On July 4 we drove over to Newport, Rhode Island, for the wedding of the son of old friends, who belong to the United Church of Christ. Newport is where the father grew up, in a family of Protestants who did the work the rich of the place needed done. The mother grew up in a devout Catholic family on Long Island. The bride’s family is from Long Island too — Jews who belong to a Conservative synagogue.
Because Conservative rabbis don’t perform mixed marriages, bride and groom, who live in Boston, chose a Reform rabbi who would. He was joined by the groom’s U.C.C. minister, who played second fiddle, liturgically speaking. The ceremony took place on the lawn of an old estate overlooking beautiful Narragansett Bay, under a flower-entwined chuppah, the traditional Jewish wedding canopy.
The usual Jewish vows, by which bride and groom consecrate themselves to each other “according to the religion of Moses and Israel,” were read and repeated in the original Hebrew, with the rabbi smoothing that phrase in his English translation into “according to the traditions of our people.” According to the traditions of our people, the groom stomped a wine glass. Each family is very fond of its new member and think this is a match made in heaven. The mothers-in-laws danced joyously.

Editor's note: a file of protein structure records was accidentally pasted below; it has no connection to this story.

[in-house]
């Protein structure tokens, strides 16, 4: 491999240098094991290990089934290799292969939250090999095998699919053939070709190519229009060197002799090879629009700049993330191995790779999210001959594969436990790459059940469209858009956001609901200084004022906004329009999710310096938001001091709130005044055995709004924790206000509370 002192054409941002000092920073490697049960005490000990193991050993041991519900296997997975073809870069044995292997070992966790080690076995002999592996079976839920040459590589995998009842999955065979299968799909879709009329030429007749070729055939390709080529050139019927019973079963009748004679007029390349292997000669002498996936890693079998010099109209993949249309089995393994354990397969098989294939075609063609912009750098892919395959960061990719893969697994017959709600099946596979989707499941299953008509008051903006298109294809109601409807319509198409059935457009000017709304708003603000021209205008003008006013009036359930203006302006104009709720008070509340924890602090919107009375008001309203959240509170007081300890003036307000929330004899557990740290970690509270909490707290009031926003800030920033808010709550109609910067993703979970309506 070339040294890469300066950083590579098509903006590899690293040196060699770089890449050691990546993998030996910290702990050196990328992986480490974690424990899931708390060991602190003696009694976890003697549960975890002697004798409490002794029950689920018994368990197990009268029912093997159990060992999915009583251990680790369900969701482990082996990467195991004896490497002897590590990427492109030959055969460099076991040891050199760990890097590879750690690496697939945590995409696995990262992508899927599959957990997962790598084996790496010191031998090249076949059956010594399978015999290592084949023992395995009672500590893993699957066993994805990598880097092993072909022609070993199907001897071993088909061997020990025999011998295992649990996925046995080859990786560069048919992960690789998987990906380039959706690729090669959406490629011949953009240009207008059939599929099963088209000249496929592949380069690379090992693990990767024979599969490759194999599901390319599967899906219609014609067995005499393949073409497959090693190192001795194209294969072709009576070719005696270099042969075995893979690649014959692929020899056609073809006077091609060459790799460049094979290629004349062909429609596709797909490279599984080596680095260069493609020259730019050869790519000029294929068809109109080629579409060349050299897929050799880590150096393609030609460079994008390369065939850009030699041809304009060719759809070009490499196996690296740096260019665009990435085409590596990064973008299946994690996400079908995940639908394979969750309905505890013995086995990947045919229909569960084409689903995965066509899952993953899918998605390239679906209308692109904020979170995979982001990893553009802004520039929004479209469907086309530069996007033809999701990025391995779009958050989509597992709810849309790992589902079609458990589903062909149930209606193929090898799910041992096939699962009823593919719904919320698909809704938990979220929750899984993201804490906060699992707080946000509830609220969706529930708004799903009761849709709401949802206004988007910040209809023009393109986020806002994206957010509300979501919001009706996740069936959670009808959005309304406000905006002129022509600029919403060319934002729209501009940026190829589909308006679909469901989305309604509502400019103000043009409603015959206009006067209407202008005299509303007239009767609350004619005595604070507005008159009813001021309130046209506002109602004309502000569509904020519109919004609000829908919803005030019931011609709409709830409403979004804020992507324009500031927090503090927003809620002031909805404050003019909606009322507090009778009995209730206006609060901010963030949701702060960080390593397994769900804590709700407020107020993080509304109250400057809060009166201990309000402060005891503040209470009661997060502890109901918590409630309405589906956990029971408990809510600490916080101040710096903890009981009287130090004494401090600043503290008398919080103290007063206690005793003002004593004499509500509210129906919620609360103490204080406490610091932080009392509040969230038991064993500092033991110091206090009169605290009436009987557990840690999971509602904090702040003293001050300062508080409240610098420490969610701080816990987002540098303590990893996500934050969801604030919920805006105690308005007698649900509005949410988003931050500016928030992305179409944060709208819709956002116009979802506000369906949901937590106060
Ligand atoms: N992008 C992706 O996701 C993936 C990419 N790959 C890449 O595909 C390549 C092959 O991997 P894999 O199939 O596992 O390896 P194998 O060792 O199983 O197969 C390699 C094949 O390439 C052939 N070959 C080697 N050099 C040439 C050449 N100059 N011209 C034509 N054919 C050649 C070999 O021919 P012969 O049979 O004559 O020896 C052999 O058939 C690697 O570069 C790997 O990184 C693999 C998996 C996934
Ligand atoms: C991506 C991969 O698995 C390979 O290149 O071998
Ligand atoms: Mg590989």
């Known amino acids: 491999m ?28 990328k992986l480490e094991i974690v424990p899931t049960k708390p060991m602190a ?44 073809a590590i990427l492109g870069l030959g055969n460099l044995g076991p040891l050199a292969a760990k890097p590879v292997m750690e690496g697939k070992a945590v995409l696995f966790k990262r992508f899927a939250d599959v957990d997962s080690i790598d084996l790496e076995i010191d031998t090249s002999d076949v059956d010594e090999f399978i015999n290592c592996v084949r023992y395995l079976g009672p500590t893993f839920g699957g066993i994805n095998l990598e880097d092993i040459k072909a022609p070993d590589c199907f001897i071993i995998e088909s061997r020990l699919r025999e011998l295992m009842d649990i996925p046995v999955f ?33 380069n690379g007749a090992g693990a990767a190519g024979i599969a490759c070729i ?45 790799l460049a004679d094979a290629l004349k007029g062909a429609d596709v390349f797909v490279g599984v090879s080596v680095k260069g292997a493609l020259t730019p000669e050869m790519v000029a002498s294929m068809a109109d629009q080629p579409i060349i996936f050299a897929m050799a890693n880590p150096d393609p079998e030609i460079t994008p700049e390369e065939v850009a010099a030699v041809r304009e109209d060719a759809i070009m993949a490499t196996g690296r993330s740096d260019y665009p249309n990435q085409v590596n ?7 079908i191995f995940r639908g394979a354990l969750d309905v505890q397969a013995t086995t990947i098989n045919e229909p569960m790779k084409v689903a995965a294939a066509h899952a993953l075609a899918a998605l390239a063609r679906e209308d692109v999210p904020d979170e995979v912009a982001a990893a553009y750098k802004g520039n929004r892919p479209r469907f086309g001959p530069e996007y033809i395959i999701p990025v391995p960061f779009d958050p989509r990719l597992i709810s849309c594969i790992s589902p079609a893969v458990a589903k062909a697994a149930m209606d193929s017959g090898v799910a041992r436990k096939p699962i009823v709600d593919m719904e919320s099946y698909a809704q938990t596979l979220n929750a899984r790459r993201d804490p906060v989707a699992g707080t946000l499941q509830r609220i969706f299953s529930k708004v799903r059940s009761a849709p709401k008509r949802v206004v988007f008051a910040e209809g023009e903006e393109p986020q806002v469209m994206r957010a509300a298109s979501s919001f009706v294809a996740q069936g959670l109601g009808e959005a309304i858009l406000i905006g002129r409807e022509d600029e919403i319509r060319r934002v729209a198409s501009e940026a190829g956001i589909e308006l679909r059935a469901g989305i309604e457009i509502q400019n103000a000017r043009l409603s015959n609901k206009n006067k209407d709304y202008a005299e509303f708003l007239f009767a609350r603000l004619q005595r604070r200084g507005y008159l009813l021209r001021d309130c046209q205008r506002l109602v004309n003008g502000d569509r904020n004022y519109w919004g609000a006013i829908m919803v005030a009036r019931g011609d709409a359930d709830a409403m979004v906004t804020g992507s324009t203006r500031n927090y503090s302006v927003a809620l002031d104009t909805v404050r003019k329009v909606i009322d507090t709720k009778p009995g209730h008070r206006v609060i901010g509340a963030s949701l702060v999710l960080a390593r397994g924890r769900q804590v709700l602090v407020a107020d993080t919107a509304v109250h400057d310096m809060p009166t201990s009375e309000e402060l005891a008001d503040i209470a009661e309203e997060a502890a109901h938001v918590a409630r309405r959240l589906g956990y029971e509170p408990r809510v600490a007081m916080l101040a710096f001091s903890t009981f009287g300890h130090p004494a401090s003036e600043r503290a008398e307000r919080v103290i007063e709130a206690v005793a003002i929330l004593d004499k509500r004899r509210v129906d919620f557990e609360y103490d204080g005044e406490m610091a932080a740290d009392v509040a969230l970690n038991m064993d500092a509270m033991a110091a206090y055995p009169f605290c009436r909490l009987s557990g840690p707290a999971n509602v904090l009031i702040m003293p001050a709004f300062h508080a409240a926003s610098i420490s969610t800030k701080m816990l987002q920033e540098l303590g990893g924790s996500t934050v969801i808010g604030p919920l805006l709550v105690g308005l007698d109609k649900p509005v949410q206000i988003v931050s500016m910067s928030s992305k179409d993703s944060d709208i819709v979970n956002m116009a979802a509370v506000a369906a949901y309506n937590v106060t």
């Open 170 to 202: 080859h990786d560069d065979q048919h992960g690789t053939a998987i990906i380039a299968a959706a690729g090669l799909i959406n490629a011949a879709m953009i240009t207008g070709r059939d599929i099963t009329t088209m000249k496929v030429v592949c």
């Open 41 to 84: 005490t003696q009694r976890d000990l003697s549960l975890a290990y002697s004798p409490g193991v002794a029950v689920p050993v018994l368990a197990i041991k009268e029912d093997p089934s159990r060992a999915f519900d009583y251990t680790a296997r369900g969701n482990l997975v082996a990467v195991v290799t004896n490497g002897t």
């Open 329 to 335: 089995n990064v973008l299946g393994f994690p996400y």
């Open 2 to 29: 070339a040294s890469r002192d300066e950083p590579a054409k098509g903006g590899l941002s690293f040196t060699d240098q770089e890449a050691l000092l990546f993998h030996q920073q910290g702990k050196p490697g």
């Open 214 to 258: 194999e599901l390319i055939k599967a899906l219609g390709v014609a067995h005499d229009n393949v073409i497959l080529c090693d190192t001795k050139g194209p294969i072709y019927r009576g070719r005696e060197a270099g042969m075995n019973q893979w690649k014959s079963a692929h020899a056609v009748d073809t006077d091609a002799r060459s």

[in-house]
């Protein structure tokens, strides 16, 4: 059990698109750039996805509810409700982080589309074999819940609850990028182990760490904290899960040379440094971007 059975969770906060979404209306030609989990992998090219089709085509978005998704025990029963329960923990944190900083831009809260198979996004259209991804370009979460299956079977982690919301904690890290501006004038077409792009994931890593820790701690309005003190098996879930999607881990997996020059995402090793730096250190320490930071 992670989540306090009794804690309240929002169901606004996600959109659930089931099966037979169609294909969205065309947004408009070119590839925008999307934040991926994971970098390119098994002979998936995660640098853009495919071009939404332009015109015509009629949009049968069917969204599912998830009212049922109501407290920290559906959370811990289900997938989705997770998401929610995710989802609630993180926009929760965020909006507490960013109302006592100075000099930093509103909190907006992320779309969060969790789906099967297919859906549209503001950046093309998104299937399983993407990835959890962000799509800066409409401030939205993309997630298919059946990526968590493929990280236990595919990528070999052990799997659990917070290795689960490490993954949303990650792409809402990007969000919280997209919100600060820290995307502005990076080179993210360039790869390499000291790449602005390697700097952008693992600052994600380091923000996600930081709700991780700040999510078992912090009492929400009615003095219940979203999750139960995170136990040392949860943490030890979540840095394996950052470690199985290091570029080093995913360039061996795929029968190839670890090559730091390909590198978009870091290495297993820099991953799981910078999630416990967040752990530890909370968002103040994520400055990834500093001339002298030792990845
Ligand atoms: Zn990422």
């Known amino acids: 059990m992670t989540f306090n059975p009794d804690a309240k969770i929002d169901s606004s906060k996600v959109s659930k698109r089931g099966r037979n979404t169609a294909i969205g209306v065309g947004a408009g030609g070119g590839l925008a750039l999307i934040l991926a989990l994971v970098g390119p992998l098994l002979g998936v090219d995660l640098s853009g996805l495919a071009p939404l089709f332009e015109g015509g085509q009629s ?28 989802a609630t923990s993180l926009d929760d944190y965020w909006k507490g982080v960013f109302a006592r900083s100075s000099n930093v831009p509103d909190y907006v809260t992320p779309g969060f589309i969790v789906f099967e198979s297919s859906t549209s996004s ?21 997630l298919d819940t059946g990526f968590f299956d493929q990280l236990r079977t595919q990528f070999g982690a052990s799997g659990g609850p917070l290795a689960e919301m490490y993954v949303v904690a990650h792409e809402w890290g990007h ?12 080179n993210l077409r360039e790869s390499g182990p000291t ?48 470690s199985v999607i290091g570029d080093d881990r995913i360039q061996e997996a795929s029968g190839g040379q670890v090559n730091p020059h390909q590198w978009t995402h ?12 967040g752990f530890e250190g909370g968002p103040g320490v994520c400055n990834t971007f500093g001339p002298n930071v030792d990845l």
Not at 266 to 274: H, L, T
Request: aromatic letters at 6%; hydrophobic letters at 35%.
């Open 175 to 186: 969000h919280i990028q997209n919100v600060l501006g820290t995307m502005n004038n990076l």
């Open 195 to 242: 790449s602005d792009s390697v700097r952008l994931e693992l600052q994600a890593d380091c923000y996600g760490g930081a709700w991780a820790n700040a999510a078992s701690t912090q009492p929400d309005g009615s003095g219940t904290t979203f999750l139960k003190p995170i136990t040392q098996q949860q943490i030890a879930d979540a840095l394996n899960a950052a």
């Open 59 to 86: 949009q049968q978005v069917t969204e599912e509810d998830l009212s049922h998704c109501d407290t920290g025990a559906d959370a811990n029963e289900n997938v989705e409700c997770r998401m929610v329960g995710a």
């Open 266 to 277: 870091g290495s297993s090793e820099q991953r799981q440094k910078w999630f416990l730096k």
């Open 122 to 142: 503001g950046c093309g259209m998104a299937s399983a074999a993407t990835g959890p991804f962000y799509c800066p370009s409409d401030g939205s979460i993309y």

Among the guests, the evolution of religious practice occupied some of the discussion. The groom’s mother’s oldest friend, a classmate from the Diocese of Rockville Center high school, described the decline of Catholicism in her own family — from her 87-year-old mother who attends Mass daily, to her own infrequent practice, to her 30-year-old son who will be married next month without benefit of clergy. An uncle of the bride talked about how the Jewish population of Long Island is shrinking. “It is what it is,” he said. Synagogues are closing and merging. “It is,” he said, “what it is.”
At our table, a middle-aged couple, themselves in a mixed Jewish-Christian marriage, talked about their son, who identifies himself as “a radical queer singer/songwriter, organizer, parent, and workshop facilitator based in Boston.” He wears skirts and has his son call him “imah” — Hebrew for mother.
The expectation is that the newlyweds will raise their children to be Jewish, which according to the matrilineal traditions of our people they will be. It is what it is.